Or you get the experts from around the globe or every stripe showing how the pianos of Kurzweil stack up against competitors A, B, C, D so on and so forth.
    Then you get those you try and explore and open up the mysteries of ground up sound creation in V.A.S.T. but those attempts are amateurish in quality at best…TOTAL shame.
    Side note: that dude Jeffery (I think that’s his name) with his series of sound building in V.A.S.T. is something you can really sink your teeth into…delicious without a doubt. Too bad not more of that!

    One can program the hell out of that thing with modulation possibilities beyond the reach of anything on the market. That’s right: the workstations from yesteryear up until the most current generation from all manufacturers can’t touch it.
    Yeah, up until recently, the lack of a big screen and massive amounts of sample storage has been a joke. But I’ve had/have the FA-06 & MODX6 respectively and even with gorgeous screens (the latter having a touch interface) I can still run circles around them in the V.A.S.T OS.

  4. My kurzweils (K2500RS, K2661) are both going strong. These synths have kept their value/usefulness more than most other equipment I’ve ever owned.

  5. It’s also worth mentioning that the Pitcher, which is in the KDFX, is a very useful and clever effect. In essence, it is a multi-band resonator– which creates a series of narrow peaks. The frequencies of the peaks are spaced out as the harmonic series, so you feed it a modulation source that tracks pitch. It allows you to give a harmonically resonant pitch to non-pitched sources. In this case, it is a clever way to give the output of the noise impulse a proper pitched tone.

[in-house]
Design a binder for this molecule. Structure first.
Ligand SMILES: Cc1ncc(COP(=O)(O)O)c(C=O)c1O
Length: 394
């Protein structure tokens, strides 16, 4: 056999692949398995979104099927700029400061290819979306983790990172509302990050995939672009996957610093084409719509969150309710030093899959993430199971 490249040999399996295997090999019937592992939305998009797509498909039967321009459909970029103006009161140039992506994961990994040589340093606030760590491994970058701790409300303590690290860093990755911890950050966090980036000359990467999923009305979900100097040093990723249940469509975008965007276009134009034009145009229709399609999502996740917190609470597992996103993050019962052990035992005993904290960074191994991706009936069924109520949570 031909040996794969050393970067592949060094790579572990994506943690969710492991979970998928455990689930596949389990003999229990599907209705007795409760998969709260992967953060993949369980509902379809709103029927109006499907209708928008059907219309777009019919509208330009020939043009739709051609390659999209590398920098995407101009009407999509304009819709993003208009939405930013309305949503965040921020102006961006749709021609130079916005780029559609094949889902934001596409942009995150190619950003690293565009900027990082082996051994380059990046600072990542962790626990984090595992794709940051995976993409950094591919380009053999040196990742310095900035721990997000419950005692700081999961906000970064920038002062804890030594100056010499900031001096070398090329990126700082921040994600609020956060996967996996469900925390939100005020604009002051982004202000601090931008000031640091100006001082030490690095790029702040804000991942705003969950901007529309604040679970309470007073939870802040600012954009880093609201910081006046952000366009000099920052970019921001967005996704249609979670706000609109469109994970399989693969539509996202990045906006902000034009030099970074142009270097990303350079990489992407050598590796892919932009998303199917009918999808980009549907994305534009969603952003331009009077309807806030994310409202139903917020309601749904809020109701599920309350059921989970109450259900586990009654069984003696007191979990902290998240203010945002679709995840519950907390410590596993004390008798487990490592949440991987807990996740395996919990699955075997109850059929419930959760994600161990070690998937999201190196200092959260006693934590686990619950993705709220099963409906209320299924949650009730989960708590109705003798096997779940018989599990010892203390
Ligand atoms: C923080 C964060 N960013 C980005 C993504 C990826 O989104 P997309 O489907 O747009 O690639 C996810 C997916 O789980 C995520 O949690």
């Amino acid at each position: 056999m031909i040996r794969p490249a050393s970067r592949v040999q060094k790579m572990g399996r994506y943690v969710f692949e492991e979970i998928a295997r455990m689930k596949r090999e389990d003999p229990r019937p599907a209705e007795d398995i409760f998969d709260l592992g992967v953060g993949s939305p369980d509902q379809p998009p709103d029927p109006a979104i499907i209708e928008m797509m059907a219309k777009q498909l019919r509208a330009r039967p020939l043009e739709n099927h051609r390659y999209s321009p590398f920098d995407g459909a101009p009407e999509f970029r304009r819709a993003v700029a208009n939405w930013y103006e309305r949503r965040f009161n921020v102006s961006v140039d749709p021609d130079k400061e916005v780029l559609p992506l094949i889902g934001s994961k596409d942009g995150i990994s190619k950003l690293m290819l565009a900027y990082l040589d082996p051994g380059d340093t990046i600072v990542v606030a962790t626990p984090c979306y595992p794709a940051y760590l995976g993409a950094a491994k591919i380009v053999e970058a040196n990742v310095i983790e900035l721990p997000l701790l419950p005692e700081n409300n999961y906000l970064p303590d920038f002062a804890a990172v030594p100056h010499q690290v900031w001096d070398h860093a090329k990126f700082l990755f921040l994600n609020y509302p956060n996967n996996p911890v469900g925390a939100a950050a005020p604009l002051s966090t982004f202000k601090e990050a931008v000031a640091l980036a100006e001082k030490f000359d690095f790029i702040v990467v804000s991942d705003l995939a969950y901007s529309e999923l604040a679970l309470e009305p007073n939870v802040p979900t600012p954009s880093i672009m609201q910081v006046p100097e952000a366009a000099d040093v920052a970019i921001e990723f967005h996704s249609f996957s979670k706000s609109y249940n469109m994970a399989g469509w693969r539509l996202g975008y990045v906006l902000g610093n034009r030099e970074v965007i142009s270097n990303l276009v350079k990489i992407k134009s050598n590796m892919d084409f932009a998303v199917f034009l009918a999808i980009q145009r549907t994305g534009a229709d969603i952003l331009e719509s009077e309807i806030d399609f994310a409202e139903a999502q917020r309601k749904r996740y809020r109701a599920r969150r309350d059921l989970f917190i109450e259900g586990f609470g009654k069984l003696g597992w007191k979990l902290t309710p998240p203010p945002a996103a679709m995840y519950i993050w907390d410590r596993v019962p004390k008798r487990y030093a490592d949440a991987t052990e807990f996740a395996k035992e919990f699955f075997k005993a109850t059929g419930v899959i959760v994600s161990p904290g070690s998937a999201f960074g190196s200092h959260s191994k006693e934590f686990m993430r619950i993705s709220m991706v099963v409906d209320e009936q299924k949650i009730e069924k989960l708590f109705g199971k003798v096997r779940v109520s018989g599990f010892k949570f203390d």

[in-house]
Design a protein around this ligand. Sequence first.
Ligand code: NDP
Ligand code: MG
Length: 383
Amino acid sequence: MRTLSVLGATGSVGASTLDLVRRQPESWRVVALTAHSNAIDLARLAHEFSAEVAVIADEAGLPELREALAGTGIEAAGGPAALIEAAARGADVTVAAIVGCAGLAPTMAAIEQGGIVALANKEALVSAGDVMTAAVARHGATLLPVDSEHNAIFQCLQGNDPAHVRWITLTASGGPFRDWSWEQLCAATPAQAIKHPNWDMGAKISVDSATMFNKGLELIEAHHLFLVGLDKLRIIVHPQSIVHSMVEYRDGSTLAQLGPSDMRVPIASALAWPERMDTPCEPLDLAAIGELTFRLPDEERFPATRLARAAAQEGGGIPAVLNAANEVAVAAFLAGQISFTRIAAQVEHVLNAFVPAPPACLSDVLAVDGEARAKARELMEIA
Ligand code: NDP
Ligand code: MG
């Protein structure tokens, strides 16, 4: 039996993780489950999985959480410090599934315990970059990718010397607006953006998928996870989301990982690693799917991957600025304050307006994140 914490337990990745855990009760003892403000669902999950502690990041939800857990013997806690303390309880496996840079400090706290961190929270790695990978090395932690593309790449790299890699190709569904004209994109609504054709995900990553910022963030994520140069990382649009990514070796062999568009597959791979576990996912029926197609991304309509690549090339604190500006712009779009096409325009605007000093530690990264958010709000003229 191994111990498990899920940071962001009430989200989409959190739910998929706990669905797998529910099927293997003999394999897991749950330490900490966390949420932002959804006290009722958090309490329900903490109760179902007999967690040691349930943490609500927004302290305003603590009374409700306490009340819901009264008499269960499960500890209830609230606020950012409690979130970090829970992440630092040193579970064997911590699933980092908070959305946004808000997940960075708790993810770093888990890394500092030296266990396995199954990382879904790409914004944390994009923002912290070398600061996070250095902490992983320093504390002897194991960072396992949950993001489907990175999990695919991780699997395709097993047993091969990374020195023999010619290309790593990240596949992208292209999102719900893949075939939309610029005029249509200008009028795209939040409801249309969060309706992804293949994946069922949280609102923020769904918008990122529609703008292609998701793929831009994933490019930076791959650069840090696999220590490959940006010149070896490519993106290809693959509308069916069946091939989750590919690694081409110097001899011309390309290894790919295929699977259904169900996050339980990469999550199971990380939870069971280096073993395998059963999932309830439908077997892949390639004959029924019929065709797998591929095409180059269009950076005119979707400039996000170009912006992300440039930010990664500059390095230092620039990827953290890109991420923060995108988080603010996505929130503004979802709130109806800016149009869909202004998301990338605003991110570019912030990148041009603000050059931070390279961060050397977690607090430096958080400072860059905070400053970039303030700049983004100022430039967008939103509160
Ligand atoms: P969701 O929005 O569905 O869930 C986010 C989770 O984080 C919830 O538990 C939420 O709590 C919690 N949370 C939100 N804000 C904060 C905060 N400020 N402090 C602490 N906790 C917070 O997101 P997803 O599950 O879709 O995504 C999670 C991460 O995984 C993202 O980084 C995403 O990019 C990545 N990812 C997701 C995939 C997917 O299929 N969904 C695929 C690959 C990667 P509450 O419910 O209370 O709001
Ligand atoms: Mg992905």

6. This is a very cool POC. Same boat here with vast VAST love.

    Would love to see VAST modernized a bit, even if only in soft synth form. I get that there’s no market for this but a fella can dream.

    Faster scan rates and additional LFOs would be great but mostly thinking about a newer UI—even when you know it, it’s kind of slow going using the 4(6) screen buttons and arrow keys. It’s a lot of arrow keying. Think it’s mainly because everything is so very ‘page’ based.

    Shortcuts to jump to LFOs, ENVs, etc screens. When you’re on a SRC parameter, tapping one of those would assign it as the source and jump to the corresponding edit screen.

    Some special ‘smart editing mode’ where the sliders and knobs on the left (or ext MIDI) can be intelligently mapped to whatever is currently on the screen in order.

    Maybe ‘modal’ editing so that you can dip into, say, a CTRL SRC, edit it and have a simple ‘BACK’ button to get back to where you’d assigned it quickly. Maybe just hit EDIT again?

    … that sort “UI” of stuff. It was a brilliant user interface for 1990, no doubt but we’ve learned a lot since then. Just dreaming aloud on the internetz. I love me some VAST.

  7. I’d use my K2500R more often but I can’t find rack ears for the darn thing so it’s basically buried under a pile of stuff since I can’t get it front and center in my setup. I’d be happy to know if there is some sort of universal rack ear I can use for it but can’t even find that info anywhere.